Time for Labour to come round

When it comes to the referendum, we know that if the decision were simply up to AMs we would easily get the two thirds majority required to trigger a referendum. In fact, if Nick Bourne is able to hold his party together, there is a fair chance of the Senedd passing it unanimously.

That's not where the debate lies. What matters—and it is the only thing that matters—is how the wider Labour Party in Wales party react to Sir Emyr's report and its recommendations. They have to take the next few days or weeks to work out their response. They need to think clearly.

Although Labour's AMs are in favour, their MPs are divided. Some are absolutely against having a referendum, unless it is in several years' time. It's pointless naming names, I'm sure most of us know who they are anyway. Some are and always have been unequivocally in favour of a referendum ... but most are somewhere in the middle.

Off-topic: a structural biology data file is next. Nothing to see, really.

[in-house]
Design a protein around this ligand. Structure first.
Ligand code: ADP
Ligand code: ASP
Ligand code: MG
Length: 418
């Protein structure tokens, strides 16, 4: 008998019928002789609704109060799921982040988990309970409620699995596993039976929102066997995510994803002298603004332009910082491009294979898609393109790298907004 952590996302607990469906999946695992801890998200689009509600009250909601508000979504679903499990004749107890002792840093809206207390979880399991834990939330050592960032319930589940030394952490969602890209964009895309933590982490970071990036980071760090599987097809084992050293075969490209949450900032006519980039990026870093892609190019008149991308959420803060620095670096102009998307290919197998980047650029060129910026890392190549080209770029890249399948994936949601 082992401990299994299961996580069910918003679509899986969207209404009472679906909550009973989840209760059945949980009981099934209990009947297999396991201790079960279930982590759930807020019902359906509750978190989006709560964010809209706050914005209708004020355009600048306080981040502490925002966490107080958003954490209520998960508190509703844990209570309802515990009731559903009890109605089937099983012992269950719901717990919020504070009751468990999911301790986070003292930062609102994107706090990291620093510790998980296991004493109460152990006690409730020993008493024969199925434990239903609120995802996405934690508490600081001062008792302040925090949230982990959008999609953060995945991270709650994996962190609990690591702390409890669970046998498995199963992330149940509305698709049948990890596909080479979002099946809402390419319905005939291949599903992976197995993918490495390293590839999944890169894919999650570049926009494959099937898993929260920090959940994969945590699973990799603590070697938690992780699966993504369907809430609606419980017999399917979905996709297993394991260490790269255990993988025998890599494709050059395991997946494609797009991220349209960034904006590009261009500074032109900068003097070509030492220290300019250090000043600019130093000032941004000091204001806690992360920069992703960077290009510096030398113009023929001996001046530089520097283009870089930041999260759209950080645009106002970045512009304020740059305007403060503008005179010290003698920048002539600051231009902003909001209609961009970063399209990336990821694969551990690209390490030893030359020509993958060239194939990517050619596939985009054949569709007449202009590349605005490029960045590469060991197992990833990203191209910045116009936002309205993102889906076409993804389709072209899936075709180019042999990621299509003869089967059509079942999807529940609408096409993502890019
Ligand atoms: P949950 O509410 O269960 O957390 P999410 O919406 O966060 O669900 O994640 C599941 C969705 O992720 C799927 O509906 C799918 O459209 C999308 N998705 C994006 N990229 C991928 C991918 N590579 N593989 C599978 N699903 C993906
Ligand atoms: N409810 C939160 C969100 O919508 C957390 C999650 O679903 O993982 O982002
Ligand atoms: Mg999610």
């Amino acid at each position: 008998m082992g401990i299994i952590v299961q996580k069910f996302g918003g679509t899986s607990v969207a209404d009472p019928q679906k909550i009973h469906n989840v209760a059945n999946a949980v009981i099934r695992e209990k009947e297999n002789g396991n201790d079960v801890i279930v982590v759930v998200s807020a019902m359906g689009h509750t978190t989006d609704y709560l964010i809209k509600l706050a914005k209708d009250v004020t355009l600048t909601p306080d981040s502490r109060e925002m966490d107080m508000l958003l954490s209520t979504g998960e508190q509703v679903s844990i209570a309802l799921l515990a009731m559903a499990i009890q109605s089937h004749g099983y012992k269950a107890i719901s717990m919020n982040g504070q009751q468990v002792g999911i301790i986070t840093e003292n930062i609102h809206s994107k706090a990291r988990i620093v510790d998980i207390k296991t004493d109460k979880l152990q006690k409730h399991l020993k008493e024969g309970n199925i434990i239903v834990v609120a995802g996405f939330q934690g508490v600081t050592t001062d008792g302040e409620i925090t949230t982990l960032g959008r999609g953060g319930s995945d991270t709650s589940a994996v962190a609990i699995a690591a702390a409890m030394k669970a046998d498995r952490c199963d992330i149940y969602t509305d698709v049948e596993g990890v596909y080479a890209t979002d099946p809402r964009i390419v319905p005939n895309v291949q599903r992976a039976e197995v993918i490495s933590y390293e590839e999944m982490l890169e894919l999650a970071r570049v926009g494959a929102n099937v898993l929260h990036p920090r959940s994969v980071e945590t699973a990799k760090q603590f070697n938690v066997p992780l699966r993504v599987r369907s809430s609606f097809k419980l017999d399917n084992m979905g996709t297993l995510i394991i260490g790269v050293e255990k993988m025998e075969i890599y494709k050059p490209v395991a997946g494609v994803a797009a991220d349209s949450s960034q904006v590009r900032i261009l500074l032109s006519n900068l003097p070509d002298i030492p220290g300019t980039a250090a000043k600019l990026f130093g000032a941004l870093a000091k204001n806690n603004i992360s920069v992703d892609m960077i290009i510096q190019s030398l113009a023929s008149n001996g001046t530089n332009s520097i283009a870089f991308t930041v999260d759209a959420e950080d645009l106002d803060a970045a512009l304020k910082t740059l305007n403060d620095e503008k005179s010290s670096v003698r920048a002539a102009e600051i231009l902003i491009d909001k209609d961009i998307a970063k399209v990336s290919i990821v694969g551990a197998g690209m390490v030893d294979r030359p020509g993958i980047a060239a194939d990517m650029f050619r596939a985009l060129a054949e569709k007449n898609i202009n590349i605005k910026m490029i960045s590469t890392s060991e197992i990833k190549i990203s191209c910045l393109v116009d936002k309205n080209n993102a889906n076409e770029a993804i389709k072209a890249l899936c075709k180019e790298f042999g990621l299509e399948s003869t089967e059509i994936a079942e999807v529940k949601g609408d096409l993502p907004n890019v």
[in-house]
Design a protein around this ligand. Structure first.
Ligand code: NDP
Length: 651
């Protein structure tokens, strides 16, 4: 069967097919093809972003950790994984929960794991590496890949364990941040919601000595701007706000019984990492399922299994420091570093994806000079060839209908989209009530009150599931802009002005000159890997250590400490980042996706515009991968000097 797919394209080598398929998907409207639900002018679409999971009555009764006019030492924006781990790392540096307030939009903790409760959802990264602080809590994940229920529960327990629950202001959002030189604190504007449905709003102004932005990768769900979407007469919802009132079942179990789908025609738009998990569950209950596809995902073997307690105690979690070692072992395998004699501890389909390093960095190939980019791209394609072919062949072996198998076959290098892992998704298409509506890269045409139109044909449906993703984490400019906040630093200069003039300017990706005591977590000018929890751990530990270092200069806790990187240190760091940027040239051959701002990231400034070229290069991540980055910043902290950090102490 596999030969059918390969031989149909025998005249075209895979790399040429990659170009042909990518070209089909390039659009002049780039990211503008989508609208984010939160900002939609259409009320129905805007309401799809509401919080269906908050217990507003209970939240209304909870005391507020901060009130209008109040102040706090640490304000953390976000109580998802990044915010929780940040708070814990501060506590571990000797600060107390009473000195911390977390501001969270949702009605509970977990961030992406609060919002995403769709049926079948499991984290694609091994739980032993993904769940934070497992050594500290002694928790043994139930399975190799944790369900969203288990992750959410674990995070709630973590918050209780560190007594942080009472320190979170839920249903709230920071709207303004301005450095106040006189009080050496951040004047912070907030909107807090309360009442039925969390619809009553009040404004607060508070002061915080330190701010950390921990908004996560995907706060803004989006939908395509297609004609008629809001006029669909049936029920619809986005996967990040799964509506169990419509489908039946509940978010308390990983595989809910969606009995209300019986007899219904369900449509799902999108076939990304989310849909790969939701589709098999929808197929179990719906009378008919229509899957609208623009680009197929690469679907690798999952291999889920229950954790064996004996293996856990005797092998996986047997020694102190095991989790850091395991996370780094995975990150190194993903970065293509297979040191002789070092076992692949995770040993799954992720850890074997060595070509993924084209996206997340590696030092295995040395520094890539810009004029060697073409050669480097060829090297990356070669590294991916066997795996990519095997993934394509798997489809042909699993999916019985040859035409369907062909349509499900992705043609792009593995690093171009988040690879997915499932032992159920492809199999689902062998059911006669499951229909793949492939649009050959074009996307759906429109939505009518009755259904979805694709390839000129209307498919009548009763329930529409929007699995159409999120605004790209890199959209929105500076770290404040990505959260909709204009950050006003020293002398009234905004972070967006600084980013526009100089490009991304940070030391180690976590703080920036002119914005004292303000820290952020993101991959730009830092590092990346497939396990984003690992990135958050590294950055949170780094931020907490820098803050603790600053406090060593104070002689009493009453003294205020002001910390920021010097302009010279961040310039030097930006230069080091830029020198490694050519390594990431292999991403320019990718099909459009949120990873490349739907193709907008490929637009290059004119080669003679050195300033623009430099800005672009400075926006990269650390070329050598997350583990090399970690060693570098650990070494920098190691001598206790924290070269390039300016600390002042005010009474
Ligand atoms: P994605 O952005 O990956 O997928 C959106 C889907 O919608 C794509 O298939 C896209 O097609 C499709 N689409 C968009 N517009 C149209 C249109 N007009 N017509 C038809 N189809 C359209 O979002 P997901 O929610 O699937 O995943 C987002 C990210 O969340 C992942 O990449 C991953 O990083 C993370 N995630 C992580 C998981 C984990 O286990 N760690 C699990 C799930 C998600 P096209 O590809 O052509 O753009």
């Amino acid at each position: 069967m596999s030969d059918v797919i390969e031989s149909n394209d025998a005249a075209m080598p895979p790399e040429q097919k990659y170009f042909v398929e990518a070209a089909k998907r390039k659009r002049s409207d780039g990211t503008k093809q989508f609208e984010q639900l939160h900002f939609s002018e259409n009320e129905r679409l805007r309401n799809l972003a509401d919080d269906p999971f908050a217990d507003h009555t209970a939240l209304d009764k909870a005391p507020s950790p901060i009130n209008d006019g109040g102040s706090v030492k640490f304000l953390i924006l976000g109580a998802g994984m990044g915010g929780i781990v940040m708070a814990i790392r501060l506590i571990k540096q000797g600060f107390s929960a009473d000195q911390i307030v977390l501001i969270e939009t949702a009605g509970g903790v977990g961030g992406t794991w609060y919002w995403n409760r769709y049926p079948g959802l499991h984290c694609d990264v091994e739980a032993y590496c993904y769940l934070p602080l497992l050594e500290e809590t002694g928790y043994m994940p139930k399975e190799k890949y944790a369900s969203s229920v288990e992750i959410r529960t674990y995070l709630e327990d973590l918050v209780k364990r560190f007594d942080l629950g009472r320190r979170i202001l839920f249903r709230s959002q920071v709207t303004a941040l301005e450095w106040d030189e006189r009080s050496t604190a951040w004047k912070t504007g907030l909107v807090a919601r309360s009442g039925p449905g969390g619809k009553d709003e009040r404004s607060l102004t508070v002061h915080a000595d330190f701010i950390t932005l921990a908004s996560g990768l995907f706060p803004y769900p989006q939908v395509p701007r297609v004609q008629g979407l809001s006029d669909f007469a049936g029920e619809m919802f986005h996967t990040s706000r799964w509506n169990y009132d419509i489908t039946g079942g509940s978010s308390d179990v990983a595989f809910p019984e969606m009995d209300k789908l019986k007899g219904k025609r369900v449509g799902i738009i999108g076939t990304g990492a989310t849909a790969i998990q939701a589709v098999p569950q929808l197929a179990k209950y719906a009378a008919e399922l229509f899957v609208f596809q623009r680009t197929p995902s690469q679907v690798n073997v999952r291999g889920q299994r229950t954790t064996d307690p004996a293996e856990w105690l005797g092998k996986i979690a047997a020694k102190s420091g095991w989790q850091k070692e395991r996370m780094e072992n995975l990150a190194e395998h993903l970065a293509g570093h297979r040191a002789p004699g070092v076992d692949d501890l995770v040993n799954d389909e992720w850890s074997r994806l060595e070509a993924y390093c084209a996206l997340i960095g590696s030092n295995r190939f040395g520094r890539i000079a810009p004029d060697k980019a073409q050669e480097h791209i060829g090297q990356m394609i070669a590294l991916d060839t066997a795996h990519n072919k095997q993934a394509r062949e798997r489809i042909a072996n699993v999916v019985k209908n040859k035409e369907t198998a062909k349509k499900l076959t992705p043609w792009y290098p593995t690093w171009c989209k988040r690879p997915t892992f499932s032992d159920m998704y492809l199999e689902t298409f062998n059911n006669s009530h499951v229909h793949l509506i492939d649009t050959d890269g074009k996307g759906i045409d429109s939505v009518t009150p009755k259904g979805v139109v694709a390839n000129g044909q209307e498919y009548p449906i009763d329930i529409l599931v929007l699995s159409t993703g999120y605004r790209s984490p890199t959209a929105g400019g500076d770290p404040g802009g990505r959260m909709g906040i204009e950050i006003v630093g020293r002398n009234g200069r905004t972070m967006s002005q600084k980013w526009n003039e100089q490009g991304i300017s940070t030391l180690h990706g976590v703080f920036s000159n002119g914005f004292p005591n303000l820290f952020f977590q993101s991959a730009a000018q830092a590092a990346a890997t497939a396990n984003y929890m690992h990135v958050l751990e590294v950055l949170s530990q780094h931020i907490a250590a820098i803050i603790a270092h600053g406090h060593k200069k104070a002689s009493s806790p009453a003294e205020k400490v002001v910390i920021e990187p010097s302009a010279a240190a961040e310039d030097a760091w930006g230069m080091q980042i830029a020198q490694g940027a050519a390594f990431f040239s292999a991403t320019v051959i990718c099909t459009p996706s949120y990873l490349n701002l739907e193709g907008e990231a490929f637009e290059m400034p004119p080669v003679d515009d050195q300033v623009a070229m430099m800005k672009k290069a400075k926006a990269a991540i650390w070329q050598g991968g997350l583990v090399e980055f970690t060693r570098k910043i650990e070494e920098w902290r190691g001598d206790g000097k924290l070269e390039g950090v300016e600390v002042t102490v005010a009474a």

I have always said that the main purpose of the All Wales Convention has been to give Labour time to make up their minds about whether and when to hold the referendum. After the One Wales government was formed, the AWC was a very expedient way of giving everyone a good reason not to speak out on the issue. Expediency is vitally important in politics, because once a politician has been put on the spot and forced to declare their views on a particular matter, it becomes very difficult for them to later change their minds when circumstances change.

If anyone needs an illustration of this, just think of the promises given about the EU Constitution that was and the Lisbon Treaty that is. Both Labour and the Tories made firm promises, but then had to back away from them. Both parties could with some justification use the line that "circumstances had changed" ... but did that stop other parties making political capital out of it? Of course not. Politics is for grown ups.